The long-awaited full-length follow-up to 1997's Sirius LP finds Systemwide moving away from the electronica and North African influences of 2000's Osmani Stepper EP and back to their dub and reggae roots. While electronic sounds are certainly central to Systemwide's overall approach, there is much more of a "live" feel to Pure and Applied, and even when the drummer cranks things up into jungle mode, the overall vibe feels thick, dark, and slow. Bringing in champion Brooklyn toaster Dr. Israel was a brilliant move; he doesn't sound quite at the top of his game on "Crisis Time," but his lyrics and flow on the deeply dubbed-up "People of the Book" are as good as the best of his Mutant Sound System work. Other highlights include the album's opening track, an elephantine groove titled "Eyüpsultan" that features heavily compressed bass and a nice old-school piano line, and "Snipers," which combines a spacy and ethereal instrumental part with politically charged lyrics. There is also an excellent live rendition of a tune called "Valencia," which was dubbed-up on the spot by King Fader. Very highly recommended.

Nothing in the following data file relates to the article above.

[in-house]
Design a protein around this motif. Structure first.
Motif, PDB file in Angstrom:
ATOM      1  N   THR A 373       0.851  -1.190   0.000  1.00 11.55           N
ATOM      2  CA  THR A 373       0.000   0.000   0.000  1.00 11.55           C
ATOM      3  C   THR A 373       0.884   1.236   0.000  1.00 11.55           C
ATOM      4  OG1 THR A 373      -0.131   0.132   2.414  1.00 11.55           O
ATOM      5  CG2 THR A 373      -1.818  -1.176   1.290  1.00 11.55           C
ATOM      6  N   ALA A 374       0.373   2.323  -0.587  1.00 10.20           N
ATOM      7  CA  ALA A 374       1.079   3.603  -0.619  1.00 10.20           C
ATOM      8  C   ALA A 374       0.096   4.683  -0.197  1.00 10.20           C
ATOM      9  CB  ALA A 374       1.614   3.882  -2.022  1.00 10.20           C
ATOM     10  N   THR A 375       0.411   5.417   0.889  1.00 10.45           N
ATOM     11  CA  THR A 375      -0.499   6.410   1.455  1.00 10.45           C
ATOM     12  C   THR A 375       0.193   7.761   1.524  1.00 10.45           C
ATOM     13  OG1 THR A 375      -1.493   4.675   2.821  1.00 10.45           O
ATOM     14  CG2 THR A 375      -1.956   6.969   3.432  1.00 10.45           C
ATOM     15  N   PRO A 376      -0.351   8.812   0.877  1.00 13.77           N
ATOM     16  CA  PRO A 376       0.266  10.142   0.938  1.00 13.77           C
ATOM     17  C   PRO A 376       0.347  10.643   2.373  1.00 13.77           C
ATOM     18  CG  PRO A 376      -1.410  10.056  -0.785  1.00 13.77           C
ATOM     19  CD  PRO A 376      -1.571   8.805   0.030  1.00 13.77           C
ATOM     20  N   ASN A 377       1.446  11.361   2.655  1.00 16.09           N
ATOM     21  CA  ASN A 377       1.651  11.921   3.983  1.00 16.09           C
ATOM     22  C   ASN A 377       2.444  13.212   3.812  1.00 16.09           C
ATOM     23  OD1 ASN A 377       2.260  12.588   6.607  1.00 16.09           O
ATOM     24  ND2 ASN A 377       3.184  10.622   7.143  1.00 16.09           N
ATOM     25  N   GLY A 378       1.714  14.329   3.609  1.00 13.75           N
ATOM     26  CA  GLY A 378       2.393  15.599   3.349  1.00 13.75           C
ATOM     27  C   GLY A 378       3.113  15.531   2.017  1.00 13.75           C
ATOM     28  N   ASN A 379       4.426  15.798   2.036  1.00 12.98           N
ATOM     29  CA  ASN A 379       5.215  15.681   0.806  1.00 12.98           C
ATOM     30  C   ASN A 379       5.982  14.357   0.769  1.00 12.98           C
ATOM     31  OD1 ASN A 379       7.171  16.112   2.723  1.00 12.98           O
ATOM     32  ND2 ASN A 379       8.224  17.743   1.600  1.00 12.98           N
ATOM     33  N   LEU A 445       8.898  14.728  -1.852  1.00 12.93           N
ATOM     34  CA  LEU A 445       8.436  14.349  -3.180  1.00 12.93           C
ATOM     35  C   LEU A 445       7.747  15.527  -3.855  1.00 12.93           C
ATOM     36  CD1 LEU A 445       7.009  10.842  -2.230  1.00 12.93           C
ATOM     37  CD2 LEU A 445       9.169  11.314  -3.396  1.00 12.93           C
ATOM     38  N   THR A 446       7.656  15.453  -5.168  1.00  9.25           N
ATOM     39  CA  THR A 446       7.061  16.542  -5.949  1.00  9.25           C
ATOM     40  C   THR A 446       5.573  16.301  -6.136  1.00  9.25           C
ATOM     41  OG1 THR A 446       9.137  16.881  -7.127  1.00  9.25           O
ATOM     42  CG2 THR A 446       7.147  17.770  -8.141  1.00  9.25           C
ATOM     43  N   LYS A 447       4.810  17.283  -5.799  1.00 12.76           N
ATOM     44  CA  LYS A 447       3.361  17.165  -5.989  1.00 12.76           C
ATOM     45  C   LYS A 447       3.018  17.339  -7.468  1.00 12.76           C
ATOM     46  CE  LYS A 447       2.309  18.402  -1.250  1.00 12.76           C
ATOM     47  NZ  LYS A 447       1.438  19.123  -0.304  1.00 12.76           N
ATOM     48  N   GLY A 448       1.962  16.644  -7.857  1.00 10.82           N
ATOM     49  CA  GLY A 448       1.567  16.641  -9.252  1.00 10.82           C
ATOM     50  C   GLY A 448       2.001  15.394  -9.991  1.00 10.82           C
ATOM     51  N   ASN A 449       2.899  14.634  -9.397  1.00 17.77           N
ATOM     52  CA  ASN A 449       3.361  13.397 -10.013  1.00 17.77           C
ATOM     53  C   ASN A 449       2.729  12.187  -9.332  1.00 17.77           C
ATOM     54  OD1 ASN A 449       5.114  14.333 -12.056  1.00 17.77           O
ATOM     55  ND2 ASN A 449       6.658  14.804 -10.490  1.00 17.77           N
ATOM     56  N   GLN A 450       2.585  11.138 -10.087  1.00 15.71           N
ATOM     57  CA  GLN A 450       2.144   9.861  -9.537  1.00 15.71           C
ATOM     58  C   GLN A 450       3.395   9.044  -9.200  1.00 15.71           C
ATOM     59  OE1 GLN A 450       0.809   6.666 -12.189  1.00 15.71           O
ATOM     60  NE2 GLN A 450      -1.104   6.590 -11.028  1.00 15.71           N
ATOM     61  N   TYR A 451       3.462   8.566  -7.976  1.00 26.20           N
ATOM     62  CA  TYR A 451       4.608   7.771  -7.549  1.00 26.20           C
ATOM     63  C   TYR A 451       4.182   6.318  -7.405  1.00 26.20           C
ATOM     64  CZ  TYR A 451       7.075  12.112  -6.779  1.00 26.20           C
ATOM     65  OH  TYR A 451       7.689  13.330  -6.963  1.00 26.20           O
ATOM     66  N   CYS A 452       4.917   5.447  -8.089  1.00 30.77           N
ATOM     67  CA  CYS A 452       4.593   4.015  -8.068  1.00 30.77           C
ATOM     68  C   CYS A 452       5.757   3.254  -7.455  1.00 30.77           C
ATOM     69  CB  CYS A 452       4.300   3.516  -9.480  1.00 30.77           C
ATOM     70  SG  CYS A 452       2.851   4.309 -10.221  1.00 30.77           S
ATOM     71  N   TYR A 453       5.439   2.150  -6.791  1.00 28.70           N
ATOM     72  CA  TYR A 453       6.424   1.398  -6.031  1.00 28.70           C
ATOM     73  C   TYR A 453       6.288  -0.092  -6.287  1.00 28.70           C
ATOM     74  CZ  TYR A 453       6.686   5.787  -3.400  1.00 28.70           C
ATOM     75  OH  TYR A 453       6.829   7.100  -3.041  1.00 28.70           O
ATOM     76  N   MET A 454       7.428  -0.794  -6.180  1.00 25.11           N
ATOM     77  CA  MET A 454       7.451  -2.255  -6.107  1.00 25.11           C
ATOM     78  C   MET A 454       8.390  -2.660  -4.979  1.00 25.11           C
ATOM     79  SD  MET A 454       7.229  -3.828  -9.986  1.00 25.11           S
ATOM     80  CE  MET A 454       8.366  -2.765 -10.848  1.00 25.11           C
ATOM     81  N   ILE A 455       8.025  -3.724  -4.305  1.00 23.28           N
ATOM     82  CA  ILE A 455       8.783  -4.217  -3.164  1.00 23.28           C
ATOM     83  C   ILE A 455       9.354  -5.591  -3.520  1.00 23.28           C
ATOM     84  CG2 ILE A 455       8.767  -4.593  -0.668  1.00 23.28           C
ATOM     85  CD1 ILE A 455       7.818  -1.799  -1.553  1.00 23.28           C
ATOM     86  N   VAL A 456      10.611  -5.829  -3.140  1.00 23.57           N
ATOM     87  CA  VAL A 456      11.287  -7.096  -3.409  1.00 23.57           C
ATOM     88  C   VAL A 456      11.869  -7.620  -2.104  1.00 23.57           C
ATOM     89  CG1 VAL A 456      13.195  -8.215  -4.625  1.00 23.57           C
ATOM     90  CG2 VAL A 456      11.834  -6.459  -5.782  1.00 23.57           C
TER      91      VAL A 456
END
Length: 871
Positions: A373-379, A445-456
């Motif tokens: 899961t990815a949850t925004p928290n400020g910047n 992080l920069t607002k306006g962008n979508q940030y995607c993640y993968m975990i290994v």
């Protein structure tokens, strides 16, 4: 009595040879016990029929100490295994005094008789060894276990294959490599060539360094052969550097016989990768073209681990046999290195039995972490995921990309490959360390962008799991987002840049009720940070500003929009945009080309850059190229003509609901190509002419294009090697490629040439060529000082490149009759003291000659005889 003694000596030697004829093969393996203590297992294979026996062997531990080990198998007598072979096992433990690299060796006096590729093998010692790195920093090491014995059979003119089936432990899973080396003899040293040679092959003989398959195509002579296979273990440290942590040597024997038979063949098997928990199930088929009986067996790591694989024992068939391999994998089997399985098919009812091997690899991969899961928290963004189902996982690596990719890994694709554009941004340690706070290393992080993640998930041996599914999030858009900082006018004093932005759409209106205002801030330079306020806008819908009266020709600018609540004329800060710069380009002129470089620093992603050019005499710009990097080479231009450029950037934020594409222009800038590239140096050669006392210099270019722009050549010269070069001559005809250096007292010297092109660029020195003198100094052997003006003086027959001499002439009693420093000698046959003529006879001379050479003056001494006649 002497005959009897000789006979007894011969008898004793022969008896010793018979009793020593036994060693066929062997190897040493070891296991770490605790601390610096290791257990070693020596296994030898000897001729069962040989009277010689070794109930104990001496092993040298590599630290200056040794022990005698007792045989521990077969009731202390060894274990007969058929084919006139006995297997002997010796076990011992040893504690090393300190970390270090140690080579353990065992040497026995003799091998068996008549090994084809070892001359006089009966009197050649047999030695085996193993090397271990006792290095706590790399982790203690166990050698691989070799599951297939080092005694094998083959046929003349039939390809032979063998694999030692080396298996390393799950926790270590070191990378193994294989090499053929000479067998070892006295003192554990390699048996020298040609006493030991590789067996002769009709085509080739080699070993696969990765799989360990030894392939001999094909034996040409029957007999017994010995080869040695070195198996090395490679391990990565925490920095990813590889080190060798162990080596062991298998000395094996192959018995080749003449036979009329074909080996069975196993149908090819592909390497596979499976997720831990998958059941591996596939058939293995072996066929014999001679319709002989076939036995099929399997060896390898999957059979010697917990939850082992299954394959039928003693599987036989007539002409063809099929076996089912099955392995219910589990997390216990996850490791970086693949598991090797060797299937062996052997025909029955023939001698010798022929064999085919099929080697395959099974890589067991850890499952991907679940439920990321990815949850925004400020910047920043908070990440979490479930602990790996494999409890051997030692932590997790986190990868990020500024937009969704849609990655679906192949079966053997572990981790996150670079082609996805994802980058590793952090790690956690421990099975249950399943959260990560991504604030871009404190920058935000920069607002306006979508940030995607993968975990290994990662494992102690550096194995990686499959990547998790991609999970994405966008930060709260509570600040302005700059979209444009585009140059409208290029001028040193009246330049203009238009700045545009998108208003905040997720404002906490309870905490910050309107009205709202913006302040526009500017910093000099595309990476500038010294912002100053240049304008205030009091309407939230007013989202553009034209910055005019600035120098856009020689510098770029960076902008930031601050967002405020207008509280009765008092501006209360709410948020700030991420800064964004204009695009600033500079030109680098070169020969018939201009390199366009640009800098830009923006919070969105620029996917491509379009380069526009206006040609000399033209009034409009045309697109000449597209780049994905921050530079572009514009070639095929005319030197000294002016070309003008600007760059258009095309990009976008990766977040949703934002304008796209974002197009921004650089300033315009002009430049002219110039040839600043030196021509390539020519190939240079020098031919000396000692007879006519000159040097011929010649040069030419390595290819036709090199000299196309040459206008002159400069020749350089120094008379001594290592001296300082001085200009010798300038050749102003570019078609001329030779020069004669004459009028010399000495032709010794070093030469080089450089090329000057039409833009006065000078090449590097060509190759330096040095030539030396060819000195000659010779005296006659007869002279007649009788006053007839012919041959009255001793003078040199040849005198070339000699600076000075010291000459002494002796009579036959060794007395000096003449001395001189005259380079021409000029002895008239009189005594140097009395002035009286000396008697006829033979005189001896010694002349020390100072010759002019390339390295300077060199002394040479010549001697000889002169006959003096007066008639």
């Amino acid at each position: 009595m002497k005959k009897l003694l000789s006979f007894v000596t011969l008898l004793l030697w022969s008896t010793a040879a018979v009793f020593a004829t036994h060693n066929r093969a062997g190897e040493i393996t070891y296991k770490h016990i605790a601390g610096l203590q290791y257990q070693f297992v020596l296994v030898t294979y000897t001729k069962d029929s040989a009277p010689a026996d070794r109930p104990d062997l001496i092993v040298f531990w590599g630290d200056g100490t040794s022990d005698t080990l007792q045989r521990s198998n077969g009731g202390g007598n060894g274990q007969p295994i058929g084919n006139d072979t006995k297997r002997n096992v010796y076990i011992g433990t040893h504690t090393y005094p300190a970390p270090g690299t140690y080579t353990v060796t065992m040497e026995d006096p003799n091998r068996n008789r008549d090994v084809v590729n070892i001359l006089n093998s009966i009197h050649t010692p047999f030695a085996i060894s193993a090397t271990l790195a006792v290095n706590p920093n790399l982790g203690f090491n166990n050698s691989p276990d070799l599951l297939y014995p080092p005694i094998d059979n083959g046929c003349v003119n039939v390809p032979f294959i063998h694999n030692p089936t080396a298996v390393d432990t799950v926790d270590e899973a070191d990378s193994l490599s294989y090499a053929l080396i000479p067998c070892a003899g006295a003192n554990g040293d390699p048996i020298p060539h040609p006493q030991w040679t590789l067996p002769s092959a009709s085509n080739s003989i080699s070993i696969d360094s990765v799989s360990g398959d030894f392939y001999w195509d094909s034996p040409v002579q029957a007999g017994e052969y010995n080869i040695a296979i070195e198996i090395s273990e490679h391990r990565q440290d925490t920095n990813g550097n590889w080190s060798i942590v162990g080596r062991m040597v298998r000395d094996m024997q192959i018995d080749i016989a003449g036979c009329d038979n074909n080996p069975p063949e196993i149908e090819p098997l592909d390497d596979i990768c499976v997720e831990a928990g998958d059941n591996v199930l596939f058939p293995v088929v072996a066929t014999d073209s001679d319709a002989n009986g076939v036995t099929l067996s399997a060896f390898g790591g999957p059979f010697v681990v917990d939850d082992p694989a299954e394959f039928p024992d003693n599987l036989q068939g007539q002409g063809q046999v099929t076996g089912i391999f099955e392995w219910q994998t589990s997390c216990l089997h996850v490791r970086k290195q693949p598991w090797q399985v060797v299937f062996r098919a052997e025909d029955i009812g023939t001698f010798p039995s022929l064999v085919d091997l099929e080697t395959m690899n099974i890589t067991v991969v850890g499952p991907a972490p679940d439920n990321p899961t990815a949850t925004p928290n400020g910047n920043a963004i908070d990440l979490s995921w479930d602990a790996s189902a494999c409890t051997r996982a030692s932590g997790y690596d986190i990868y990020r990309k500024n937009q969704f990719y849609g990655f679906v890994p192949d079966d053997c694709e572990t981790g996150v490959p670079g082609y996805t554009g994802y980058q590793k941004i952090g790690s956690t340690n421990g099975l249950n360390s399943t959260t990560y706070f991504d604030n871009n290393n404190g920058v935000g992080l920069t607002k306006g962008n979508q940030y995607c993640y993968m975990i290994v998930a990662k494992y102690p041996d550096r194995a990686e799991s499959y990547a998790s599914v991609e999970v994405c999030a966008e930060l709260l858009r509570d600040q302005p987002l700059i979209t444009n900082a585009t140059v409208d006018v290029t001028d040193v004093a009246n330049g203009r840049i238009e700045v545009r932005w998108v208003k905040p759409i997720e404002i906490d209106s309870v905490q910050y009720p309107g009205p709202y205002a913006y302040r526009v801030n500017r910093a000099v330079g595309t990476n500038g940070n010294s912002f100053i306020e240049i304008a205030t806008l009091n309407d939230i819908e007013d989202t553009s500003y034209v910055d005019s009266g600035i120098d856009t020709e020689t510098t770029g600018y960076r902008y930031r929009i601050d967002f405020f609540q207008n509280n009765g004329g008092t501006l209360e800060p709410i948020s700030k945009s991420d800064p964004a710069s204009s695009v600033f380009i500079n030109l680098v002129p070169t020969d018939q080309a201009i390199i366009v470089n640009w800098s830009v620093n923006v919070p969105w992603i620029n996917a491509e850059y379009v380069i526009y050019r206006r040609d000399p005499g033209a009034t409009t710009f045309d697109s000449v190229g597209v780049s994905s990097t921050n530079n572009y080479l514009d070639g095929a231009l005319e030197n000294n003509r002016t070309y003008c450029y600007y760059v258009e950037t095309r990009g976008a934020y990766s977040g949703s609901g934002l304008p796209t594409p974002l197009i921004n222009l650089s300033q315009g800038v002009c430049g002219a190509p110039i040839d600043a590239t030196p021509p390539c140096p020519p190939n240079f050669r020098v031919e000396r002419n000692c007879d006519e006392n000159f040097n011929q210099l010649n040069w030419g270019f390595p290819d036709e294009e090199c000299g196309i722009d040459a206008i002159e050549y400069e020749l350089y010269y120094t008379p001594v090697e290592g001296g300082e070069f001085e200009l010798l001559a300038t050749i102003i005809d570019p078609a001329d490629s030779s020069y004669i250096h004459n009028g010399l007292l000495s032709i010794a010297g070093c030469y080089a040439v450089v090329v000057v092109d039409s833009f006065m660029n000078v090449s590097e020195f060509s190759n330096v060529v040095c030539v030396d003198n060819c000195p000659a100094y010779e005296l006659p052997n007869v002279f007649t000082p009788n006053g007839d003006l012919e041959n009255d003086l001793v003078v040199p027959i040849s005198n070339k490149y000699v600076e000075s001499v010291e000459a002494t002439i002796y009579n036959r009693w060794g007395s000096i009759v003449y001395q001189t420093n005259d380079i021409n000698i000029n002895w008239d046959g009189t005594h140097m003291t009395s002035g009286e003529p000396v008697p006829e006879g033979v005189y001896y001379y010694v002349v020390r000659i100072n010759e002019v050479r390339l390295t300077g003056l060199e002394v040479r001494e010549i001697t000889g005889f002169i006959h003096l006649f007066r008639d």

Pure and Applied Review
by Rick Anderson
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